Everybody wants to know how the highest-level athletes fuel their bodies for elite competition. What are their go-to foods? Which diets do they rely on for max performance? How do they strategically break up their day? In Eat Like a Champion, a recurring franchise, we give you the inside scoop on our professional athletes' dietary habits: what they're eating, why they're eating it, and when they're eating it. Follow their lead and fuel like a champion.
One of Canada’s best OCR athletes, Spartan Pro Samuel Hébert is based in Quebec. A kinesiologist who has been in the sport for a decade now, he has made a considerable investment in search of a diet that clicked in regards to athletic performance.
Trying the Popular Diets
Name diets that are often marketed to endurance athletes include everything from low-fat diets (like the Pritikin Diet), to the high-carb diets runners gravitated toward in the initial running boom (highlighted by pre-race pasta dinners), to low-carb diets like the Atkins diet and the ketogenic diet.
“I have tried plenty of the popular diets for at least four to six weeks in the past five years,” he says. “I am now what I call a flexitarian! I don't follow any specific diet.”
Changing the Focus
What Hébert found was that there is no one diet for him, instead focusing on his own unique needs and individual variation.
“There is not a specific amount of macros or macro ratios that made a huge difference in my performance,” Hébert says.
The more aggressive the macro split — for example, a ketogenic diet that restricts carbs to 25 grams or less per day — the less success Hébert was able to achieve.
Listening to the Body
What clicked for Hébert was flipping the general equation when it comes to diet. Rather than forging a specific ratio of macros — like 40% carb, 40% protein, and 30% fat (the Zone Diet) — into his diet, he takes the idea of listening to the body and allowing his body to lead his choices when it comes to the foods that deliver the macronutrients.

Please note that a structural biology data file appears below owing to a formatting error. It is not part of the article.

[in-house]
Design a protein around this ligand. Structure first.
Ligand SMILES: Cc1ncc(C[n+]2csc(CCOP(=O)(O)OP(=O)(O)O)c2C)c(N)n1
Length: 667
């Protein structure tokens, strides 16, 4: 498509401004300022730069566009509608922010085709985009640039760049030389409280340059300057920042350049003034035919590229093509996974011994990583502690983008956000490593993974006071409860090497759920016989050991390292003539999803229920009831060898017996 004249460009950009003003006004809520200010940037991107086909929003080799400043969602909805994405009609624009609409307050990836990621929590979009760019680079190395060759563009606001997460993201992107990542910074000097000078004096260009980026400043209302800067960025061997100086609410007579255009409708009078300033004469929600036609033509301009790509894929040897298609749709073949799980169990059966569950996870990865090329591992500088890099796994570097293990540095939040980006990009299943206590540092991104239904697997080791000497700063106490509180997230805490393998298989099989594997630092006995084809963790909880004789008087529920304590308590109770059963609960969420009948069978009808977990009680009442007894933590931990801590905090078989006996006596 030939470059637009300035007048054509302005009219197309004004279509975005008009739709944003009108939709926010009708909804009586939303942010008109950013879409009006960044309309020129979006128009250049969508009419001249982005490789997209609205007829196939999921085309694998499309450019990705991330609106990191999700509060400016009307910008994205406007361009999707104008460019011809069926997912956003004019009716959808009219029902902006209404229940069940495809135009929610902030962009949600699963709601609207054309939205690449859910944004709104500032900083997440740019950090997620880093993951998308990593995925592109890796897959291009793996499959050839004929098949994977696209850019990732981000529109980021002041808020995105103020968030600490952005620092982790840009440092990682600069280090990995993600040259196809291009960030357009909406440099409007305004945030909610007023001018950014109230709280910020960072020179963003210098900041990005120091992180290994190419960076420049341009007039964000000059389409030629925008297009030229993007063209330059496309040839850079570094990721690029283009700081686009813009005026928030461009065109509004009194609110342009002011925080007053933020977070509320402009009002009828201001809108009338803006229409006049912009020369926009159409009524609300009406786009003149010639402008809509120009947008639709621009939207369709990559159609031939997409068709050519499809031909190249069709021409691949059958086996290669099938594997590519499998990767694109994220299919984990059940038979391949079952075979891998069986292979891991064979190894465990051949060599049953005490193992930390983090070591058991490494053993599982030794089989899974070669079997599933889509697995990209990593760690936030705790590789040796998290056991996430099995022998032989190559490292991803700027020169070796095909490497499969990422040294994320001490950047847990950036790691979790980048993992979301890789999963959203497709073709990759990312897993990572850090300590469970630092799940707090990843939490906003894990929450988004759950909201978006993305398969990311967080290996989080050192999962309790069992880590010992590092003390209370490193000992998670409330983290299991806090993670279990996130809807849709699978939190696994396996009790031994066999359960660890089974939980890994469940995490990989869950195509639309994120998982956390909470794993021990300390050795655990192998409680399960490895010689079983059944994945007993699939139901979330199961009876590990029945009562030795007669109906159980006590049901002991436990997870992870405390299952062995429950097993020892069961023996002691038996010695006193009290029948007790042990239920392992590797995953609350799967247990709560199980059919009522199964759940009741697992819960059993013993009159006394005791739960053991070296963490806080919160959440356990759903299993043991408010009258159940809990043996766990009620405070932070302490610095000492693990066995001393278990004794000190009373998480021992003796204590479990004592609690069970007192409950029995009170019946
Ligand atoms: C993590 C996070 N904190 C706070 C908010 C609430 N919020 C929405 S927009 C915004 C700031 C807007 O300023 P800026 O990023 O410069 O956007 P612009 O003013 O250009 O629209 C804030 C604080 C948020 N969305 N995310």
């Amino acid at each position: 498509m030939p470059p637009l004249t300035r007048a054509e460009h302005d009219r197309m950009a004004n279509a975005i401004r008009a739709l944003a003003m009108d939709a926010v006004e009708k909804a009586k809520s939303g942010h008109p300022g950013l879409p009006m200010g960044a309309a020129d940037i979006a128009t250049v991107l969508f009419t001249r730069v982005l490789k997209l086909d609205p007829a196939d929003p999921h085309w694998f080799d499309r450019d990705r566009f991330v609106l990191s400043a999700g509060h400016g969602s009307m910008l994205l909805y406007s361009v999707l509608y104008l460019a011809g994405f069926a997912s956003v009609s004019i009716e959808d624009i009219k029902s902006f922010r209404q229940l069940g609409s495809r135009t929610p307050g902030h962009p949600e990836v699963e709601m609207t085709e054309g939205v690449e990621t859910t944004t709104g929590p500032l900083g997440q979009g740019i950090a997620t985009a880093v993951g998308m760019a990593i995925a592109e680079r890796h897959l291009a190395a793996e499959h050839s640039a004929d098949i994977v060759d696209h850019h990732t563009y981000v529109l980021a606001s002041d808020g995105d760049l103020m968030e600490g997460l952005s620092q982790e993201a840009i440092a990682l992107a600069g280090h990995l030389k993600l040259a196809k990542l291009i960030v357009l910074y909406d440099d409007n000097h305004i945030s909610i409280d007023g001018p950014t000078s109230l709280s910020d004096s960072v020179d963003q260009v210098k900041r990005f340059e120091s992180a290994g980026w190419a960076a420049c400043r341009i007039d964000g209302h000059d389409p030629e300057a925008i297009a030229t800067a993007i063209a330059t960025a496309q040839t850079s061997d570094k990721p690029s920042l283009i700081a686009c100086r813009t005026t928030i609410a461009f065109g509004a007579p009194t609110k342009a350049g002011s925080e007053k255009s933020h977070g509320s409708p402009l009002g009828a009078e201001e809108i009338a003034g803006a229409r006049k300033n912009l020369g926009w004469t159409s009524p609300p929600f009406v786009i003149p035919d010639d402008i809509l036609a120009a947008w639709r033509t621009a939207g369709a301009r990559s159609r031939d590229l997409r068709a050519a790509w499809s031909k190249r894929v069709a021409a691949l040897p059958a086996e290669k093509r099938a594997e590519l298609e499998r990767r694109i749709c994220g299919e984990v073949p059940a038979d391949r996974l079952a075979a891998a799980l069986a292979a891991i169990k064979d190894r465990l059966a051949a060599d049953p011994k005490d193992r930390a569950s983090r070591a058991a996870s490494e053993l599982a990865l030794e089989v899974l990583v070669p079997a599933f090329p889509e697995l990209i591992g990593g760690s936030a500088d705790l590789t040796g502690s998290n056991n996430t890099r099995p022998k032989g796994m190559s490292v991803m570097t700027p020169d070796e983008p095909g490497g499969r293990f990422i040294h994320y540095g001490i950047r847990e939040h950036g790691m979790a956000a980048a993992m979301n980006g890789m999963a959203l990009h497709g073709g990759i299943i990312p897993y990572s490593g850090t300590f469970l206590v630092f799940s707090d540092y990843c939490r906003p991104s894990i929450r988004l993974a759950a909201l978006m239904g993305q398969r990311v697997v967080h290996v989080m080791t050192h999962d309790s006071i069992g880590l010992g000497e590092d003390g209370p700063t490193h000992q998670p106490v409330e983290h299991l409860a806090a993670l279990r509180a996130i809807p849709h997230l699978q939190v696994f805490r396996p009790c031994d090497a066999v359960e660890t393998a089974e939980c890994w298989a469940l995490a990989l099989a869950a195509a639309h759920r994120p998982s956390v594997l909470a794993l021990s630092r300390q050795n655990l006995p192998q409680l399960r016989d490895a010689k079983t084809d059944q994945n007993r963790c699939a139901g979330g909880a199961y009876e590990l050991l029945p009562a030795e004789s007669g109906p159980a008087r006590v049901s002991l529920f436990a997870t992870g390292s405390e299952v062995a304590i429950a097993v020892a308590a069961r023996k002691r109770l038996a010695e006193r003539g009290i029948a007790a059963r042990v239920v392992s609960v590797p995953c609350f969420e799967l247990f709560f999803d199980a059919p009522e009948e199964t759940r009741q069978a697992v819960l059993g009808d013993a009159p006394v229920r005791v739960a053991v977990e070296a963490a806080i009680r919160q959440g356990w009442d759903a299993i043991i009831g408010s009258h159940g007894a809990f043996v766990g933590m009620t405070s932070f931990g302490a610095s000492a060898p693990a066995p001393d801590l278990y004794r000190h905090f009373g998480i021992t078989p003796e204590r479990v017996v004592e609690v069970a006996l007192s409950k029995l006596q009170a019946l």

Timing Meals for Digestion and Energy
Meal timing also hinges on Hébert’s listen-to-your-body approach.
“A couple of years ago, I stopped eating before my morning training sessions,” he says. “I had been forcing myself to eat breakfast early every morning before training. I was doing this because of some misconceptions and cultural habits.”
“It really changed the quality of my training by reducing digestive discomfort and bringing me the energy I need at the right time,” Hébert says.
Less Sugar, Less Inflammation
Another positive discovery in Hébert’s nutritional experimentation was in regards to dealing with injury.
“I reduced my refined sugar intake and it helped me drastically lower inflammatory levels in my body,” he says. “This helped me reduce inflammation with a specific injury. After two weeks I was feeling and seeing a difference in my body. After four weeks, my cravings for sugar were reduced by 75%.”
Hébert says that a key to success when it comes to getting off of sugar is patience, to understand that it takes time to banish the cravings.
When to Use Simple Carbs
In tune with his flexitarian diet, there is a time and place for refined sugar.
“You can prioritize fast carbs with low fiber just before the race,” he says.
This is a piece of advice he offers those who are new to OCR. It’s quick energy to the muscles with minimal demands being made on your digestive system.
“Remember that the goal of your nutrition is to bring energy to your body when needed," he stresses. "Not to add weight to carry or to divide your blood flow between the leg muscles and your digestive system.”
The following is an example of how Hébert pursues his nutrition.
- 500 milliliters to one liter of water
Hébert drinks the water at the start of his morning ritual, followed by a short run, a mobility routine, and breathing-meditation time.
Morning Snack: Fruit and Greens Smoothie
- 750-milliliter smoothie
“I use a variety of fresh greens according to what I have left in the fridge, plus protein powder, a banana, and frozen blueberries,” he says.
Breakfast: Eggs and Toast
- Three to four eggs (hard boiled or over-easy)
- Two pieces of toast with honey
Per Hébert’s flexitarian model, breakfast hinges on what kind of training he has scheduled for the day.
Lunch: Yogurt Plus
- 500 milliliters of greek yogurt
Afternoon Snack: Nothing Fancy
- Granola bar
Dinner: Balanced Nutrition
- Big fresh salad
- Chicken or fish
- Quinoa or brown rice
Hébert’s dinner exemplifies the balance of his flexitarian approach, with plenty of antioxidants and phytonutrients in the salad, quality protein in the chicken and fish, and the quinoa or brown rice to make sure there’s enough energy being taken in.
- A bowl of cereal (his version of a dessert)